# How resistors really works? [duplicate]

From what I've readed, a resistor is a component which limit the current in a circuit. Supposing that I've a load that is rated for 12v 500mA, if I put a resistor to limit the current to, for example, 100mA what will happen to the load that expect to draw more current? Will it drop more voltage?

• The 12 V will be divided between the two loads. The voltage dropped across each will be proportional to the resistance. See Ohm's Law and potential divider. – Transistor Jun 29 '16 at 15:23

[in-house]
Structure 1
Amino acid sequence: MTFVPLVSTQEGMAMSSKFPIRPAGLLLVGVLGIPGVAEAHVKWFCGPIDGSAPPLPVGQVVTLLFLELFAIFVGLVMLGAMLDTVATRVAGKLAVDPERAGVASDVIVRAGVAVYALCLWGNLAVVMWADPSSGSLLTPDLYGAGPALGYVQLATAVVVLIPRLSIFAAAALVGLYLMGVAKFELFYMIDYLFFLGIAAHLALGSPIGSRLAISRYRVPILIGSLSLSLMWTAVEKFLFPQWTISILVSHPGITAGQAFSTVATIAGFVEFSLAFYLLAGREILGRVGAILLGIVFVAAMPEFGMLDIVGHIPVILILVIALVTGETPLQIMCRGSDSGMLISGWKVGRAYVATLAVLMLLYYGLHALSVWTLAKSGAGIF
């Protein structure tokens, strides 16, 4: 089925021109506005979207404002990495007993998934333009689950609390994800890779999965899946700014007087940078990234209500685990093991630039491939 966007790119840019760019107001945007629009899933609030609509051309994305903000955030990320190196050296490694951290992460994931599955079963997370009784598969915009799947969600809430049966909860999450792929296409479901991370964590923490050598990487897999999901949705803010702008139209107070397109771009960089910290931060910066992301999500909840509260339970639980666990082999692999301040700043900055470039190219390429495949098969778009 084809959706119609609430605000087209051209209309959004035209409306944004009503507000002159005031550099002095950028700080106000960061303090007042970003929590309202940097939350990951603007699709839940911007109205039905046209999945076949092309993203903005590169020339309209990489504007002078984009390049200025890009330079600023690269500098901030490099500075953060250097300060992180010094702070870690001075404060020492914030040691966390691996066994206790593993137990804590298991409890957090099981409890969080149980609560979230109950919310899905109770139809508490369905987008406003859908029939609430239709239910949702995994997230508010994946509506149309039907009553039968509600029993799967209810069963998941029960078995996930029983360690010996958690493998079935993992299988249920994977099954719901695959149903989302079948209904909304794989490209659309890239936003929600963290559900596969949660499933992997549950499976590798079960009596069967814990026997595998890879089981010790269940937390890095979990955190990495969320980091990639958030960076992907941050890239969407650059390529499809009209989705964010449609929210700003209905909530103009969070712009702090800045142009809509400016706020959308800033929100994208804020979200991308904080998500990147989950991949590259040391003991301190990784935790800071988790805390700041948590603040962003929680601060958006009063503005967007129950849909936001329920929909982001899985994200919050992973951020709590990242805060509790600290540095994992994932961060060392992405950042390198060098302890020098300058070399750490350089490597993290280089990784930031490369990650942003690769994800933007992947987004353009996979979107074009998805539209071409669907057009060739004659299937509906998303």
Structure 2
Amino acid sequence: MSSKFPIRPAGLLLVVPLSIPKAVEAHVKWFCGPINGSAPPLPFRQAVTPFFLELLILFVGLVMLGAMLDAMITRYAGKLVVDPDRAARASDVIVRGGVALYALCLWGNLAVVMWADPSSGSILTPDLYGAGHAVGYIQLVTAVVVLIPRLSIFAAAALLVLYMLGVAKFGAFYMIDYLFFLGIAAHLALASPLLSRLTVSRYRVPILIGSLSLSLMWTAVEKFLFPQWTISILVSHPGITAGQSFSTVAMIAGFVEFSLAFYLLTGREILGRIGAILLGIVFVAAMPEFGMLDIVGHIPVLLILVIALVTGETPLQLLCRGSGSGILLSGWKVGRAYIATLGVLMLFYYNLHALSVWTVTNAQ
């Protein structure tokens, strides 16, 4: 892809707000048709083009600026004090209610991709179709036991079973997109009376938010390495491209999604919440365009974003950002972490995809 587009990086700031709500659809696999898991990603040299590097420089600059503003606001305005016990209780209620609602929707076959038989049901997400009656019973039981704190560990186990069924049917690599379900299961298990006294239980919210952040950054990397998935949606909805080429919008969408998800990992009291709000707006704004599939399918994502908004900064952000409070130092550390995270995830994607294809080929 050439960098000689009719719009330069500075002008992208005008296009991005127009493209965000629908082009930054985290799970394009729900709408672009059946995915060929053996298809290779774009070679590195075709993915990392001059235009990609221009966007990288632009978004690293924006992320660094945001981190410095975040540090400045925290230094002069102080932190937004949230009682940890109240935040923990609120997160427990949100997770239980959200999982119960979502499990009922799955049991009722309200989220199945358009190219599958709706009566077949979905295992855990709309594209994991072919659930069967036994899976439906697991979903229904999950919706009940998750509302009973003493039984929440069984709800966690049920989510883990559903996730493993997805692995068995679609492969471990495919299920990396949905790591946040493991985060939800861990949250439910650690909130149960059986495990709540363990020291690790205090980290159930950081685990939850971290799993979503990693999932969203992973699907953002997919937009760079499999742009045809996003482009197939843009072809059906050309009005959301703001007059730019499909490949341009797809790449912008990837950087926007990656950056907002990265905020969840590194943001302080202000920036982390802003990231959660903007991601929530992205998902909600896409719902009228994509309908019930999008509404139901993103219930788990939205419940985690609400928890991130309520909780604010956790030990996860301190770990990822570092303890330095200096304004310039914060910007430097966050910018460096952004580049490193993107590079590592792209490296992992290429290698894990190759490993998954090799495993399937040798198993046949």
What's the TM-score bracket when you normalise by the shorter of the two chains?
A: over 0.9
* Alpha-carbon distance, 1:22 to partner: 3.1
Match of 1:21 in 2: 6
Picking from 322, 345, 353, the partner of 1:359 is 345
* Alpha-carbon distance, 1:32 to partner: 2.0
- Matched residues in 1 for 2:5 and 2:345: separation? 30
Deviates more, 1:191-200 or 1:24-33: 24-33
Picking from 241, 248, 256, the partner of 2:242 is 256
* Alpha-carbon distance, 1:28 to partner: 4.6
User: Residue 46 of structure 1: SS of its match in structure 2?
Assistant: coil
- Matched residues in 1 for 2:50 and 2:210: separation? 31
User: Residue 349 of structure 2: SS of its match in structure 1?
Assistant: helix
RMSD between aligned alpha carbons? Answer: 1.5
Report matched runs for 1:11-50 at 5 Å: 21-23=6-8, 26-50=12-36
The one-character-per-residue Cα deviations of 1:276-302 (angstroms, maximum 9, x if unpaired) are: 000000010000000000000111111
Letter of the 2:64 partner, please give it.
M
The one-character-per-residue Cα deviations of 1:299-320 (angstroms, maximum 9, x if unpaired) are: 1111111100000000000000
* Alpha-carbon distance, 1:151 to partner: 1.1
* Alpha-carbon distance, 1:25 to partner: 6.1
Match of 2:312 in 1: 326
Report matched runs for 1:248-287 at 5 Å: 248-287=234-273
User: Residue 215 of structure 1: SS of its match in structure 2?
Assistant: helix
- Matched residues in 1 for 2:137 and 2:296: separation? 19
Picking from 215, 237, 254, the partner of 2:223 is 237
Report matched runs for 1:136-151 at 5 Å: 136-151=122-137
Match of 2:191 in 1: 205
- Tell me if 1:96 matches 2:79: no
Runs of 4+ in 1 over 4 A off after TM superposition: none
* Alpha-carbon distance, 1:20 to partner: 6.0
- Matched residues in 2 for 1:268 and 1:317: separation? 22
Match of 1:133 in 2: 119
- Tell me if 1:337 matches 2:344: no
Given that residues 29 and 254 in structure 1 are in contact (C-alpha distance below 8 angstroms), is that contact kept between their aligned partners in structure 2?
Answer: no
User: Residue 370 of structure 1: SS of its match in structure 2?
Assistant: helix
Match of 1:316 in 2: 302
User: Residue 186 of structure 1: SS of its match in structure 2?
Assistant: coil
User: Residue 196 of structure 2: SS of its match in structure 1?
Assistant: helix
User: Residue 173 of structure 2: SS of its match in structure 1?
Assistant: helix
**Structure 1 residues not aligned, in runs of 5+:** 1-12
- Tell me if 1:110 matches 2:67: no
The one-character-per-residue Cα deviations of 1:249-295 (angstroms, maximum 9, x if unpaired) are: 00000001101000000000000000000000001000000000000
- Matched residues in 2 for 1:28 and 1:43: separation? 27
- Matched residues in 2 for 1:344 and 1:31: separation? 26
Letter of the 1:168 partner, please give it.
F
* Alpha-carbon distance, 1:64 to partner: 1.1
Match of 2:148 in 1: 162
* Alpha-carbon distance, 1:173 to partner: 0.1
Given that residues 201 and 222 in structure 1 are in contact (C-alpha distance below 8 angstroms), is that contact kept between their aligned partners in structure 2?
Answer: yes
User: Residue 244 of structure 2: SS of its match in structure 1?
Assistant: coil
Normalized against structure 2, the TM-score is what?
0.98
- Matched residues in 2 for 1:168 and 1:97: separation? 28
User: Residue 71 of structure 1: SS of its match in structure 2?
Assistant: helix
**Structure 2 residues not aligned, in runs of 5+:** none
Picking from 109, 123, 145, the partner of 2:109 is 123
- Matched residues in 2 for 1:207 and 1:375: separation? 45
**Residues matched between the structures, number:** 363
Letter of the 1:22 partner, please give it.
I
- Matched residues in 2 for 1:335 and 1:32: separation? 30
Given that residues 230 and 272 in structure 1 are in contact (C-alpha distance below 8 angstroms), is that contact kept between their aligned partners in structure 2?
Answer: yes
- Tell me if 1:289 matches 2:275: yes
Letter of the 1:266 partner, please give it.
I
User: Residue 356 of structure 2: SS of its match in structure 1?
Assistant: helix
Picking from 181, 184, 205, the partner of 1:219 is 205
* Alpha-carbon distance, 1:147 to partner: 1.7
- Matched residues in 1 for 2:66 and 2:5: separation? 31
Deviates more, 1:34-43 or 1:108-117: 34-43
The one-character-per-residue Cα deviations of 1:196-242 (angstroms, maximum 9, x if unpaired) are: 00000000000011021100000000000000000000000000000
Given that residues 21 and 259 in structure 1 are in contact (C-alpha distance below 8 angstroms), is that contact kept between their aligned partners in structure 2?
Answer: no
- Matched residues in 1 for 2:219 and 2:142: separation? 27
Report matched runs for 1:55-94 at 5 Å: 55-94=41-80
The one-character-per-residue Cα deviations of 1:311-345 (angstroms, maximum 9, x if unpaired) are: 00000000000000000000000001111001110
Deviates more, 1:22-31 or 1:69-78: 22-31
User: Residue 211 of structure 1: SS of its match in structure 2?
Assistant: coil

• "a resistor is a component which limit the current in a circuit" That is true only under a very loose interpretation of "limit", and in some develishs circuits the relation might even be reversed. – Wouter van Ooijen Jun 29 '16 at 17:47
• "to limit the current to, for example, 100mA" now you are overinterpreting the term "reduce". A resistor does not reduce the current to a specific value. Cmpare to: I put a brake on the cyclists wheel to reduce its speed to 3 km/h (note that a simple brake will not do that). Now what happens when he hits a wall? Of course his speed will no longer be 3 km/h. – Wouter van Ooijen Jun 29 '16 at 17:49